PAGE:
Chitra:   So you’re, when your daughter was a baby 15 years ago, in a strange way, social media and social media influencing and building community using social media was also in its infancy. And so as she grew, so did your knowledge of and sophistication about social media. So, so how did that happen? What, what was your next career move and how did that shape your, your understanding of social media?

Jonathon:   Well, weirdly the two things happened kind of at the same time. So as you know, parents of young kids probably know when they’re, when they’re little, it’s the, the schedule is really weird. They, they wake up at weird times in the morning, they have to nap if they don’t eat right on schedule, like the entire day blows up in your face and there’s daycare. But daycare is only open from some weird time in the middle of the morning after most jobs start and they finish at three or four in the afternoon. And so just trying to make that scramble work was pretty tough. And because I’d, at that point I’d been, you know, kind of writing about my experiences in building this community. And I had a, I actually started working as a professional blogger initially writing about parenting. But then also because at the time I don’t, it feels weird to say now, but just to anchor everybody, it was back in the days when people still used to talk about the important difference between print and digital as if it was like, you know, two totally different worlds.

Jonathon:   And so as those of us who were early on and kind of understood blogging and understood kind of how content worked online, we would get put into positions where we were running websites or kind of running publications about things we didn’t need to know anything about, which was, and so I know a little bit about parenting, but I didn’t know anything about fashion. I didn’t know anything about green technology. I didn’t these other websites that I was running. And the only reason that people like me were in those positions is that somebody would say, “Well, look, all the real journalists are writing for the print version of Teen Vogue or something,” if it was a fashion publication. But they would look at me and say, “Well, but that nerdy guy, he knows how the Internet works, he gets this whole blogging thing.”

Jonathon:   And that really just meant that I was comfortable like filling out forms and a like a content management system or something. But it was totally foreign to all of the who were used to working off-line. And so, and just basically started to build that, build that profession in the really early days of professional blogging kind of right around 2005 just before Twitter launched. And right at the age when my, when I needed to have this super flexible schedule because my, you know, daughter was in and out of daycare, she was on the normal little kid schedule where, you know, every nap is super important. And so it just, I don’t know, just kinda found each other, which was, and it was kind of a fun time to be online because I don’t think it just, it was, it was really the wild west. There just wasn’t a sense of whether or not this was even going to be real longterm or whether it was just kind of a temporary fascination.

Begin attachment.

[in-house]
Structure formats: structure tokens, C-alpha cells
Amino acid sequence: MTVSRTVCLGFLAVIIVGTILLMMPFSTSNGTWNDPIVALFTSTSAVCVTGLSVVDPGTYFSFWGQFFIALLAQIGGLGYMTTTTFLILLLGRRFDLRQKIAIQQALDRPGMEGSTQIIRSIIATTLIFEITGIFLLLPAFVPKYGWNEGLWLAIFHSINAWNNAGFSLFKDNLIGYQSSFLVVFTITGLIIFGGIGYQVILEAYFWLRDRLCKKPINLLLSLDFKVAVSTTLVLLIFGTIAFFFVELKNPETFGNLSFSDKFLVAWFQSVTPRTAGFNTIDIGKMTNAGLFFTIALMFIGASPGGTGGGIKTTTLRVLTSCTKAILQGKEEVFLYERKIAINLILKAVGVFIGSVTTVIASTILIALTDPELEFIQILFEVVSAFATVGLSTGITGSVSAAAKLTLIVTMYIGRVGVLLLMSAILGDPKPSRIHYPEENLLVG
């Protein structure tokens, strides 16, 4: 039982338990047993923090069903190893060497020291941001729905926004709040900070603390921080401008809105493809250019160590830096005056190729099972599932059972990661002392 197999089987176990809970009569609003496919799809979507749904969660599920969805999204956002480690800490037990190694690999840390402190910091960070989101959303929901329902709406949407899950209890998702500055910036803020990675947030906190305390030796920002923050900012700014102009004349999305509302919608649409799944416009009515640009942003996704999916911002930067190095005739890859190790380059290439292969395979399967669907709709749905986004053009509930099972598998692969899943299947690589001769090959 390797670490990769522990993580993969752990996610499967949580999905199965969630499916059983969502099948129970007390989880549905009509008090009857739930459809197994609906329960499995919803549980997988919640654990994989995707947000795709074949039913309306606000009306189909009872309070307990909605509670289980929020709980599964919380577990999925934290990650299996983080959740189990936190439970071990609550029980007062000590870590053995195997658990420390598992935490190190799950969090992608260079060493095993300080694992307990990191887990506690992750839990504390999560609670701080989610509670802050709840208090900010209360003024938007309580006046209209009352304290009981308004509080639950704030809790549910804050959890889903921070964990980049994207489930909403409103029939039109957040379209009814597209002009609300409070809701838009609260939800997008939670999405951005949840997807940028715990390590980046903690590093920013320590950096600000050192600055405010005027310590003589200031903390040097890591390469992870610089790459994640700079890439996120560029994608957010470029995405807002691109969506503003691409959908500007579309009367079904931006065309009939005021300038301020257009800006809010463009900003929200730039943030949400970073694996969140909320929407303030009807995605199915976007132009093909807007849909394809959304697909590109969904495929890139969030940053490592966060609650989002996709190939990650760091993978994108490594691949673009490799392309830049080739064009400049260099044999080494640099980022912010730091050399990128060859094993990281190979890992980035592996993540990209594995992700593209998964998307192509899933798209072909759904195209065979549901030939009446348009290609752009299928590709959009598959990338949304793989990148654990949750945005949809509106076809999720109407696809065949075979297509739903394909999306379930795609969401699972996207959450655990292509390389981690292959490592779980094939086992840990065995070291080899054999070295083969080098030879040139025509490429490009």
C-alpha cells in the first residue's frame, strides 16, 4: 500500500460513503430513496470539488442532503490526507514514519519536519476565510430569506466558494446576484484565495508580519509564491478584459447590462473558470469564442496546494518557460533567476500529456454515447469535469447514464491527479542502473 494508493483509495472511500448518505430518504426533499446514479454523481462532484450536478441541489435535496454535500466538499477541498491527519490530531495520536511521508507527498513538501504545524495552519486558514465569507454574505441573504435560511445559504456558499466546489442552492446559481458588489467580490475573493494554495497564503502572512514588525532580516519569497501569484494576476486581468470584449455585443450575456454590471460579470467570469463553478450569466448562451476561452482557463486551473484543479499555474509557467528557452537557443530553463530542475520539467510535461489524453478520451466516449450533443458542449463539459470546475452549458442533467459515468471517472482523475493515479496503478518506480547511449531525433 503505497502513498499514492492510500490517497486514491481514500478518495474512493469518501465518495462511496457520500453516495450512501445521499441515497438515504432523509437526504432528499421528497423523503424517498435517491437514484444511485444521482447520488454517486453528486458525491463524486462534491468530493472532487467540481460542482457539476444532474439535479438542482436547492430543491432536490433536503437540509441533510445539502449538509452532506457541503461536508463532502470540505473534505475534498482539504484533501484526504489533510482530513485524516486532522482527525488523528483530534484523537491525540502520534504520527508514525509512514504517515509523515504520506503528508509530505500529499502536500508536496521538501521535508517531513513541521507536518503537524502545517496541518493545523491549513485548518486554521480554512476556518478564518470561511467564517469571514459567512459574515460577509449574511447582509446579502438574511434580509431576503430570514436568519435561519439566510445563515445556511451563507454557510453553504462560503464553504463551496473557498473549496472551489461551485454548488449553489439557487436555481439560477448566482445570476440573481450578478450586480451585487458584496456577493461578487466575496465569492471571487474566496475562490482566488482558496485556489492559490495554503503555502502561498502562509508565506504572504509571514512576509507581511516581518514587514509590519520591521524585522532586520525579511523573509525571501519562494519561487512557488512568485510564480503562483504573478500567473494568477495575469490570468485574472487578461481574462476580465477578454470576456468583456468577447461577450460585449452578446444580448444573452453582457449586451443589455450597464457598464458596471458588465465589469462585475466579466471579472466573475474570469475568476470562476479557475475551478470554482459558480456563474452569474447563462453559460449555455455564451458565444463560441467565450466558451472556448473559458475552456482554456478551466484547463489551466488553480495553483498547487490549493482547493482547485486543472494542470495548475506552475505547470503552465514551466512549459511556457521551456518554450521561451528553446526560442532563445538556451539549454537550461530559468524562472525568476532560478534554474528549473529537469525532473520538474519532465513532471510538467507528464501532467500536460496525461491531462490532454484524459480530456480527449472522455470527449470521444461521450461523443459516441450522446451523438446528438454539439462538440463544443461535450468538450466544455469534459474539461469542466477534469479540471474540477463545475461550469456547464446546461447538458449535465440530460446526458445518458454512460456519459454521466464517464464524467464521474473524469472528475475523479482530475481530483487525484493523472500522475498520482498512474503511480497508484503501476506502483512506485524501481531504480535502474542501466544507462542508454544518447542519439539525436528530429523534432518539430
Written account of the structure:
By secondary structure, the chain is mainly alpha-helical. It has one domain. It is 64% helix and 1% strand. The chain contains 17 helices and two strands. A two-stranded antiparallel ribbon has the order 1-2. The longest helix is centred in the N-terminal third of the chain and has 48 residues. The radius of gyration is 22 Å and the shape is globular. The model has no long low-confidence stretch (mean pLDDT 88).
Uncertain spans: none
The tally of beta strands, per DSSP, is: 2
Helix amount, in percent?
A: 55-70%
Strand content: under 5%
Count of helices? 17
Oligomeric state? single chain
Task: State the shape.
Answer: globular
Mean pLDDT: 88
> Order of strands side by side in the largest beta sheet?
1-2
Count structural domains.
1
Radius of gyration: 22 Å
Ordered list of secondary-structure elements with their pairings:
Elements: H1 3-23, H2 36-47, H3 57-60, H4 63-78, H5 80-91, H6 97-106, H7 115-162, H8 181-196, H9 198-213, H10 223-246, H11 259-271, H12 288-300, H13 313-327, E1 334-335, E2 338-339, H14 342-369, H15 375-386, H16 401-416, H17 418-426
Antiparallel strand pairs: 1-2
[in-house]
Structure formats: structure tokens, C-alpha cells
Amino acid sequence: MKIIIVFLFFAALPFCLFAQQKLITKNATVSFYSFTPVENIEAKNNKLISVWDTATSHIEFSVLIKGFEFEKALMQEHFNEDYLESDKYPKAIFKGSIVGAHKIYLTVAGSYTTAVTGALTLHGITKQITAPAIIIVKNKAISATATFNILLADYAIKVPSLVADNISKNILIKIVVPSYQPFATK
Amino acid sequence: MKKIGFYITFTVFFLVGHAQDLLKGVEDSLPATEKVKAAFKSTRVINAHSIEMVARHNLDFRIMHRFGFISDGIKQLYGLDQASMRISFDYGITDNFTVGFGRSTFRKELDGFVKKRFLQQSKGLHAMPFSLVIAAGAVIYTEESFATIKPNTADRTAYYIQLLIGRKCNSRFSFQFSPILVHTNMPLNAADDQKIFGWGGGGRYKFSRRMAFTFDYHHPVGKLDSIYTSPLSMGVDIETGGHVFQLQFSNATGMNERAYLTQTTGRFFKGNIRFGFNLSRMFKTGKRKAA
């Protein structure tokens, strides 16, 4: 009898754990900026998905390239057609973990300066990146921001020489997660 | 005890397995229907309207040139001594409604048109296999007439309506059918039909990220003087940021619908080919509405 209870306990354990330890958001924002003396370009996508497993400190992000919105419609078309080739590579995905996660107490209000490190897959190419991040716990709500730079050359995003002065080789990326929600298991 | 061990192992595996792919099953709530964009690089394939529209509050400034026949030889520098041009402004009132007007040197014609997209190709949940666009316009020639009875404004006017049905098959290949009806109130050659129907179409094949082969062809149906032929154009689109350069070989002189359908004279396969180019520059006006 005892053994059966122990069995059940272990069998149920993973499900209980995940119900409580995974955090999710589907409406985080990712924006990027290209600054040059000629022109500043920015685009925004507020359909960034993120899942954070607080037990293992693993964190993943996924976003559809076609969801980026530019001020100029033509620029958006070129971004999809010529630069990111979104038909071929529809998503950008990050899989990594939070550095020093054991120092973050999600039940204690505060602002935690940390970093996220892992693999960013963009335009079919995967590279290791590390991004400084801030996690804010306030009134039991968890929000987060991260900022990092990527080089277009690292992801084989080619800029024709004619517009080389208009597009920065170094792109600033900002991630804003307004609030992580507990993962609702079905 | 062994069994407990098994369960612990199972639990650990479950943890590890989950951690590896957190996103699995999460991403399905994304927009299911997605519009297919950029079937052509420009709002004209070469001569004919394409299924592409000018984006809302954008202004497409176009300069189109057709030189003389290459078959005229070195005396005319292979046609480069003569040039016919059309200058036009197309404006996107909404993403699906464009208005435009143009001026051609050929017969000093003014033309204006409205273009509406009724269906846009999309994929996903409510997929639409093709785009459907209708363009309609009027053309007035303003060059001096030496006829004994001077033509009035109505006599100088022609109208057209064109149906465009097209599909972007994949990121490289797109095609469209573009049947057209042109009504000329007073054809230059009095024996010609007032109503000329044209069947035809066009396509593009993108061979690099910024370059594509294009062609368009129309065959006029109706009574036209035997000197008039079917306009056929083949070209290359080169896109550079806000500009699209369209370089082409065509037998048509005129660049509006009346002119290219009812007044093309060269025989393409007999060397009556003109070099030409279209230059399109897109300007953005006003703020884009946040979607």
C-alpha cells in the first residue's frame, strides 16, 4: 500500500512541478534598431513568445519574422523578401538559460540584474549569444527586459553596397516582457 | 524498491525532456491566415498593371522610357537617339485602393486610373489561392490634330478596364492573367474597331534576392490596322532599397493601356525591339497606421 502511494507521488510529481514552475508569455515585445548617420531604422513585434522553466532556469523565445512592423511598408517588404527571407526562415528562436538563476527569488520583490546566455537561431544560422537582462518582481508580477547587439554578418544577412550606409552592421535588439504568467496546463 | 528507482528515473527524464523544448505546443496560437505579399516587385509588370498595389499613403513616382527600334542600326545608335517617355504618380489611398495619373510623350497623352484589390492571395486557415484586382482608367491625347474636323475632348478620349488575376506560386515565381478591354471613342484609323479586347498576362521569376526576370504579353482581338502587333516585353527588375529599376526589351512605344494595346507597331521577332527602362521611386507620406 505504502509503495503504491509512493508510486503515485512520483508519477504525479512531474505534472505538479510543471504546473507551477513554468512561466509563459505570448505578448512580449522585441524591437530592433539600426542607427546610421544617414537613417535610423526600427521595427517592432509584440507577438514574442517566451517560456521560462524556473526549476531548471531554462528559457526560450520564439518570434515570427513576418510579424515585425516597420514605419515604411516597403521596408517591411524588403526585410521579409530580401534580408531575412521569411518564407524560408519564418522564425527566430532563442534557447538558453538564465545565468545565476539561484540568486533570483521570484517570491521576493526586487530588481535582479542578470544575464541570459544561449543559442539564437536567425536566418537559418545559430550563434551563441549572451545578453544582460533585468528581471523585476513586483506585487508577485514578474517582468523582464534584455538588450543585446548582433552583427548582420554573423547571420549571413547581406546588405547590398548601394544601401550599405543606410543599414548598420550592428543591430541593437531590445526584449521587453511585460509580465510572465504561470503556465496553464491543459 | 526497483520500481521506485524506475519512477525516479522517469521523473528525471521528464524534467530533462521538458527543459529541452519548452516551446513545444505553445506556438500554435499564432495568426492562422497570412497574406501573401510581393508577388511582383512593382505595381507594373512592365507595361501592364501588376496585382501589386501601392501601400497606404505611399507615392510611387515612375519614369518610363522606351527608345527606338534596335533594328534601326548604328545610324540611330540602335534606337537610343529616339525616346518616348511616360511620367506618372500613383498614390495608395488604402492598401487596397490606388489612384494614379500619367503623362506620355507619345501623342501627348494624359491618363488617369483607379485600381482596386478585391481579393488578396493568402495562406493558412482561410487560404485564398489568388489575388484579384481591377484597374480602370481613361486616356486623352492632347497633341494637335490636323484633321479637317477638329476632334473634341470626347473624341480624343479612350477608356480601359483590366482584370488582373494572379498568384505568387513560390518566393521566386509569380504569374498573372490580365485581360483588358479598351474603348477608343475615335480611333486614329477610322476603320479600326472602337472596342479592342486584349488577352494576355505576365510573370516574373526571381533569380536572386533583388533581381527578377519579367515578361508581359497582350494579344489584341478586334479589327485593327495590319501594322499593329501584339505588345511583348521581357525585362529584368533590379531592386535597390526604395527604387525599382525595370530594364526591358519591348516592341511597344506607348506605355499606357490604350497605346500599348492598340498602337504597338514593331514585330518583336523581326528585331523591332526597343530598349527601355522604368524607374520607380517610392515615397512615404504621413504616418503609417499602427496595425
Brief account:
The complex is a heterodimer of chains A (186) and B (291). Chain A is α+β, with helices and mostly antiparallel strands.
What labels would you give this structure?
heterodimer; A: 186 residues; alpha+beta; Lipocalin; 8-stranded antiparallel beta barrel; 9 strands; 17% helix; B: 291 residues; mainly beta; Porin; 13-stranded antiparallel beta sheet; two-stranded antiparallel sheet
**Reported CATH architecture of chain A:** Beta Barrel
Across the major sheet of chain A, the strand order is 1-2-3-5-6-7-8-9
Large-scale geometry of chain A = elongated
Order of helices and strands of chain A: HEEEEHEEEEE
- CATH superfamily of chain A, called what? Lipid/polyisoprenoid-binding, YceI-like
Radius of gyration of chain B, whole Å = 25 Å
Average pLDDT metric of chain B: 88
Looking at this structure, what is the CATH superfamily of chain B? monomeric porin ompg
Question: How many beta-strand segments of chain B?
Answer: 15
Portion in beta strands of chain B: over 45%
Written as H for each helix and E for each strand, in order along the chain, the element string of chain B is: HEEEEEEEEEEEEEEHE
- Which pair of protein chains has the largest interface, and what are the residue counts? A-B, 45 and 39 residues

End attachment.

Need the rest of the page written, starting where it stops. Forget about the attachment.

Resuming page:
Chitra:   So your next kind of layer of understanding of it came I guess when you were at AOL, right? And you had to promote a lot of these blogs.

Jonathon:   Yeah, I mean, so this is the other really strange thing about it, about the Internet at the time. I mean people were already starting to figure out that it was really difficult to keep track of the vast volumes of content that were on the Internet. And so there were systems for discovering new content and it was pretty much very nerd centric, you know, kind of for nerds by nerds type, social media communities. These are websites like systems like StumbleUpon if anybody remembers that or Digg and Digg was a precursor to Reddit. So like the basic premise of a website like Digg was that you would submit stories to the Digg community and then people would up-vote stories that they liked and down-vote stories that they didn’t like. And then the more up-votes your story got, the more it was shared with a wider audience.

Jonathon:   And the goal for anybody submitting stories was to get on the Digg front page because that got a ton of traffic and everybody went to the Digg front page because it was curating the best content on the Internet. And so it was just kind of a, it was, it was the early days of crowdsourcing when people believed that there was wisdom in the crowd and that if something was popular, it was probably inherently valuable. And it was part of this, I think, kind of this grand idea that we were removing all of the traditional gatekeepers for information and content and we were just giving that power directly to the crowd. And so if people believed in it and people wanted to read it, then, then it was better. And so it was kind of a, I mean, so sort of a beautiful idea and I was really attracted to it at the time.